Should I get angrier/equally angry/less angry/not angry at the video that was produced in response? Should I understand that they are entitled to express themselves because their feelings were hurt, as some quarters have tried to explain?

In hindsight, I think my response wasn’t that of a minority member but of an “older” person. I am more surprised than angry that the ad made it from conceptualisation to distribution. And I cannot get my brain around statements that the video is “just a rap” or how “f***ing it up” is just a phrase, can be excuses for vileness and vituperation. Then I also see comments about how old fuddy duddies should get up to speed with the new thinking and new phrases of the new age. I wonder if I can turn the comments around: Old fuddy duddies aren’t dead yet and is it too much to ask that the younger people respect their norms on civility?

The episode has raised some interesting questions for the individual (of any race) to ponder over, to examine the depths of their attitudes towards each facet of the issue, including whether the G is a good neutral arbiter of racial issues and how heavy a hand it should have. I wonder, for example, if social media is making me feel inadequate as a minority member because I am not speaking up louder about injustices (perceived or real). I wonder if I should be embarrassed or thankful that I don’t feel I’m treated differently on account of my race.

Frankly, it is easy to play the victim card and indulge in the politics of outrage because there is an expectation that the majority should sit down and shut up when we speak. We can turn ourselves into champions for a cause protected by the idea that nobody should deny me “my feelings” especially those who have not “walked in my shoes”.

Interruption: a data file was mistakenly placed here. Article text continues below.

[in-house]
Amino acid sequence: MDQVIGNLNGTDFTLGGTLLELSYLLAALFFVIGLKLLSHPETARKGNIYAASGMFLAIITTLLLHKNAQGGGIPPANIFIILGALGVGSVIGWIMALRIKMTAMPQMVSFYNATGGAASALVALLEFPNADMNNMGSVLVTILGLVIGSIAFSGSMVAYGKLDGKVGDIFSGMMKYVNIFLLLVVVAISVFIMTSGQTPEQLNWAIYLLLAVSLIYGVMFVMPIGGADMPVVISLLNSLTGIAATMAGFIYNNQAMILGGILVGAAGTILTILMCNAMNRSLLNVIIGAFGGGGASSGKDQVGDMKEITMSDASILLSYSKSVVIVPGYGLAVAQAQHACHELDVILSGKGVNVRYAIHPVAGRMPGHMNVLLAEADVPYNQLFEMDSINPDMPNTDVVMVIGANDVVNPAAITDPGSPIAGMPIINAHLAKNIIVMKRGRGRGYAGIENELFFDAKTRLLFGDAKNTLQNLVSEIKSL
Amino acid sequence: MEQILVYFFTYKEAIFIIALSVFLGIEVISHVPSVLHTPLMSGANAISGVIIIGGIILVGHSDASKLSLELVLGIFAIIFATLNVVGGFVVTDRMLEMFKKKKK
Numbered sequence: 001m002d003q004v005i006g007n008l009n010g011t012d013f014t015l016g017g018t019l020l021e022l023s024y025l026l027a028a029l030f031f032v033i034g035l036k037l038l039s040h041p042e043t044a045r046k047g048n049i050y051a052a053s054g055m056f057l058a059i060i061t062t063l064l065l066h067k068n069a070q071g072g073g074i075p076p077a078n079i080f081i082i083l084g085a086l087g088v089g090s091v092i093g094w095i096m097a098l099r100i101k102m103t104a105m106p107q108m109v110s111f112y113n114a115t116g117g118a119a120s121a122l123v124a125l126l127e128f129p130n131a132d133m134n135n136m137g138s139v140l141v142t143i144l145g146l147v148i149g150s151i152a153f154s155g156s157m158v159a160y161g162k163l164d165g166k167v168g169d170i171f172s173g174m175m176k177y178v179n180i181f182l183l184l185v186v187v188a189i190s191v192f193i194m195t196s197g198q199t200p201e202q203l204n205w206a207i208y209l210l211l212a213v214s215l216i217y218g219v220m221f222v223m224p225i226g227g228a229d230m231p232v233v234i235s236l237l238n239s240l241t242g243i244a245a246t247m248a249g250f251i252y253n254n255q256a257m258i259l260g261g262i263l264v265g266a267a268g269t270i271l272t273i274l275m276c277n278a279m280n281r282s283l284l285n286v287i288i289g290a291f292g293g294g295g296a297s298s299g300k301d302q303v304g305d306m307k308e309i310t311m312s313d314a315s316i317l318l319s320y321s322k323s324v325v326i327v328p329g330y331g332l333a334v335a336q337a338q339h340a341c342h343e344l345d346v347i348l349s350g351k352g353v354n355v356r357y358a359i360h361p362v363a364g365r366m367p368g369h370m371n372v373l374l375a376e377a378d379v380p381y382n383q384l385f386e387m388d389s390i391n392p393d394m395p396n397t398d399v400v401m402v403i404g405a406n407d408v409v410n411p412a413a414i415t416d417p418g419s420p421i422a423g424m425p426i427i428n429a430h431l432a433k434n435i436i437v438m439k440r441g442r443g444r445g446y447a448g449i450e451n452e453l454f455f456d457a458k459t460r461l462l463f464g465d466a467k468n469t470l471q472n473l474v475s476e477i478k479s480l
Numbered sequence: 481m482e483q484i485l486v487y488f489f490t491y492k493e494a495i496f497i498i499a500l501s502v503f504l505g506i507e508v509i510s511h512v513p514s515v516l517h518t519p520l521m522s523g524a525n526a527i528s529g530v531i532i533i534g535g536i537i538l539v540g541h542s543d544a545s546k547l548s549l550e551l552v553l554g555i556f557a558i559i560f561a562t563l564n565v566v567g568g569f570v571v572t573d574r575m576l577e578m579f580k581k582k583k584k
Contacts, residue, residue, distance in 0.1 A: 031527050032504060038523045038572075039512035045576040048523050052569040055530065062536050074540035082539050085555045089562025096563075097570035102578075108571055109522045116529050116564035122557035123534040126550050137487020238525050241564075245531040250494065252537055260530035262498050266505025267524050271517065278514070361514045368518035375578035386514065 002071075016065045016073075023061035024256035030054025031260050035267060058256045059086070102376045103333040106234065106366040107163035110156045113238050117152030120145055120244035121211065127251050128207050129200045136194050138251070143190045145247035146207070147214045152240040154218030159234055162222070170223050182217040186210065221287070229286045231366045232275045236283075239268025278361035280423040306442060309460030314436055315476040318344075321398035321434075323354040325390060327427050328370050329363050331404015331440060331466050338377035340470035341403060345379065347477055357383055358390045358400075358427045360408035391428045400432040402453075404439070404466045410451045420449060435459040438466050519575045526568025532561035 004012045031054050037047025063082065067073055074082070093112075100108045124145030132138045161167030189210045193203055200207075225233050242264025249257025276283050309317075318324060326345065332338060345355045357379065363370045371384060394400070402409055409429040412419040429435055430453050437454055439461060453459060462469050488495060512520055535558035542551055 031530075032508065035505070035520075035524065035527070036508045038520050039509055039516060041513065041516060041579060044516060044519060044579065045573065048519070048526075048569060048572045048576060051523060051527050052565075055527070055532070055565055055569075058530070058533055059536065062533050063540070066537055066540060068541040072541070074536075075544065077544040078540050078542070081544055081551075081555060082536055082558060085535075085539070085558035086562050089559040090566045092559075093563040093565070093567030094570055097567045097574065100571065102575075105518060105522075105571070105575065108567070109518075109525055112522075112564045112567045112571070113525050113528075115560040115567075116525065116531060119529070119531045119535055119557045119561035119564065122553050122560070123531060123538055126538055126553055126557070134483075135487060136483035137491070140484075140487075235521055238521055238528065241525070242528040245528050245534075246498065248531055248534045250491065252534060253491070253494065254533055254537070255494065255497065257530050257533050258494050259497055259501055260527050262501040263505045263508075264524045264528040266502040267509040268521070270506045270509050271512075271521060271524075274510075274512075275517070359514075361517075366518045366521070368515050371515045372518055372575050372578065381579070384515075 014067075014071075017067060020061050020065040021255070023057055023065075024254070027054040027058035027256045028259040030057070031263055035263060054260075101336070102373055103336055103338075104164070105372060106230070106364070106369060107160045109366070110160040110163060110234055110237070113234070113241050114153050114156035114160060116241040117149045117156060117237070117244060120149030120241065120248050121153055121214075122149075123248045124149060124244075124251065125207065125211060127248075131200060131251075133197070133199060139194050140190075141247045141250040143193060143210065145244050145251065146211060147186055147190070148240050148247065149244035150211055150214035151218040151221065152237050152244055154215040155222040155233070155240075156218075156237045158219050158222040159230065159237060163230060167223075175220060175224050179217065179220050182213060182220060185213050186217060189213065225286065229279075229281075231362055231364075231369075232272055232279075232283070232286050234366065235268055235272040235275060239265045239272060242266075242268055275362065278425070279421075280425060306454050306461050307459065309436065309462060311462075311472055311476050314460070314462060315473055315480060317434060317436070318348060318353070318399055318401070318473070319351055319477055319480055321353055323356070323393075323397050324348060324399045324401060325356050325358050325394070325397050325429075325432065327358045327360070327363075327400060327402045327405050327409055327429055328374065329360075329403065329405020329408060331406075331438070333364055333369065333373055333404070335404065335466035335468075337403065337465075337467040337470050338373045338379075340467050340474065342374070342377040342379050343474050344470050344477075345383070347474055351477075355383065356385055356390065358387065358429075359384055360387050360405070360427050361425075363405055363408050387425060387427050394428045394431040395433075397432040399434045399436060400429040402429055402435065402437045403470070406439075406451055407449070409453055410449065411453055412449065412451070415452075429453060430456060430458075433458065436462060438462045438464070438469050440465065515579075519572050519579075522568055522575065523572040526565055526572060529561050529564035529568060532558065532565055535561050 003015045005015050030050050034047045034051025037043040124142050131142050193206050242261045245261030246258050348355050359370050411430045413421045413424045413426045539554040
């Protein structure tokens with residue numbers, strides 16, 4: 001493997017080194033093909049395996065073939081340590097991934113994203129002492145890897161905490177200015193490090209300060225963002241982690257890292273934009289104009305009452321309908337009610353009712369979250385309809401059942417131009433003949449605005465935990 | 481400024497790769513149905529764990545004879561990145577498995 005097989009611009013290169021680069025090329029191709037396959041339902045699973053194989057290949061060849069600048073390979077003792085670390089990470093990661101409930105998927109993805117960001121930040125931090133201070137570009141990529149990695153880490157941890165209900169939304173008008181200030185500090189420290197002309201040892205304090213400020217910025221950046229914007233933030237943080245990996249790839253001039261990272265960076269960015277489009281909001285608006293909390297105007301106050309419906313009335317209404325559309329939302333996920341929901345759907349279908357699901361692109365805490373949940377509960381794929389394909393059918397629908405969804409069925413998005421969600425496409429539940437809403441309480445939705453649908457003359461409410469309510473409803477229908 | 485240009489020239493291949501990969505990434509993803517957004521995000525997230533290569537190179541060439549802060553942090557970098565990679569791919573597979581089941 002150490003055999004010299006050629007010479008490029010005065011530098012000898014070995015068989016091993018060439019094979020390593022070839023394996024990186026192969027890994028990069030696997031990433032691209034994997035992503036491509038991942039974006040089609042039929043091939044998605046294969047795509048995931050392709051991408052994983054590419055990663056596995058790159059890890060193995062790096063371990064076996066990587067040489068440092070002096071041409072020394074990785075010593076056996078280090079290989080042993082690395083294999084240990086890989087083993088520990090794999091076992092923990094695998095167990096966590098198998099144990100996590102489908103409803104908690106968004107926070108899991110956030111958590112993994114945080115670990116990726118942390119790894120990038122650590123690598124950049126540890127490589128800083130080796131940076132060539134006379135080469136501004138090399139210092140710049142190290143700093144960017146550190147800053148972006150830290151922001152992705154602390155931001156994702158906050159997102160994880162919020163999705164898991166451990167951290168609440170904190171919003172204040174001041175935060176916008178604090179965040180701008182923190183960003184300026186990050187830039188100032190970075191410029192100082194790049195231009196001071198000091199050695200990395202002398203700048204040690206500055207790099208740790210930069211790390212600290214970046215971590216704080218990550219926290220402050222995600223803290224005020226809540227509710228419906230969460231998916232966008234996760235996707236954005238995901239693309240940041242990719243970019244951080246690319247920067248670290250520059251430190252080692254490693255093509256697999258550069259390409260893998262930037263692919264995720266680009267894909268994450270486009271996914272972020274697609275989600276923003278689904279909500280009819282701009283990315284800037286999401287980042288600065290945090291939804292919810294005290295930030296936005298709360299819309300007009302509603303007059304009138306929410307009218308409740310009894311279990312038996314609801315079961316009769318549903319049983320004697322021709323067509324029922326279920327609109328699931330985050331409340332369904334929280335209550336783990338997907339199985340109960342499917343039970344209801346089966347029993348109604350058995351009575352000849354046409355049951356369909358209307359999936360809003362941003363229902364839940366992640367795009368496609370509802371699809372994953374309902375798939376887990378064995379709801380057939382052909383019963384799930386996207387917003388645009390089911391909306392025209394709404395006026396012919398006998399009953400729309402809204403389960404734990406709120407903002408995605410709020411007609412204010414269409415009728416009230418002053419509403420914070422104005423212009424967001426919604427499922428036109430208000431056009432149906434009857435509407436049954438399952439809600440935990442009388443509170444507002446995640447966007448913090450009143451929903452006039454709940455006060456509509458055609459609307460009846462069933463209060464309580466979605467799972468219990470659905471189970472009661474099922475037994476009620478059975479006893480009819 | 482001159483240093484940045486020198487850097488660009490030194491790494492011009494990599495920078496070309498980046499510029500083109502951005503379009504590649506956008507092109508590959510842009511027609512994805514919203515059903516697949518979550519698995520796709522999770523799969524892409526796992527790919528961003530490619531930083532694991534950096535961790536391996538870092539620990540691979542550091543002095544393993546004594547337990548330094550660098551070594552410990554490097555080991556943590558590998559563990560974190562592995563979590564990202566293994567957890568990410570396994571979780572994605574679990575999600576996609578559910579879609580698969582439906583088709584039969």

I think it’s good to confront such questions as an intellectual exercise rather than give vent to our emotions. When we engage the brain, we end up with a cooler head. We see beyond our own feelings, see the feelings of others and see what is in the best interest of all tribes. We do not say or do what is expected of us, or what is fashionable. We take a step back and do not let our emotions rush us into judgment.

I have concluded that I should be comfortable in my own skin, and be the individual (regardless of race) that I am. This is not to say that minority races do not face discrimination; they do. It is also not to say that the majority hasn’t made some forced sacrifice for inter-racial harmony; the loss of Chinese-language schools, the near complete erasure of dialects being some examples.

The truth is there has always been casual racism of the unthinking variety and it’s too much to expect that everyone will be “sensitive” or “politically correct”. But the important thing is we have set up formidable barriers to prevent institutional racism from setting in.

On my part,  I will not let comments that begin with “You, as a member of the minority, should know better” affect how I feel about myself or about my race or my place here.

Hey, I am Singaporean.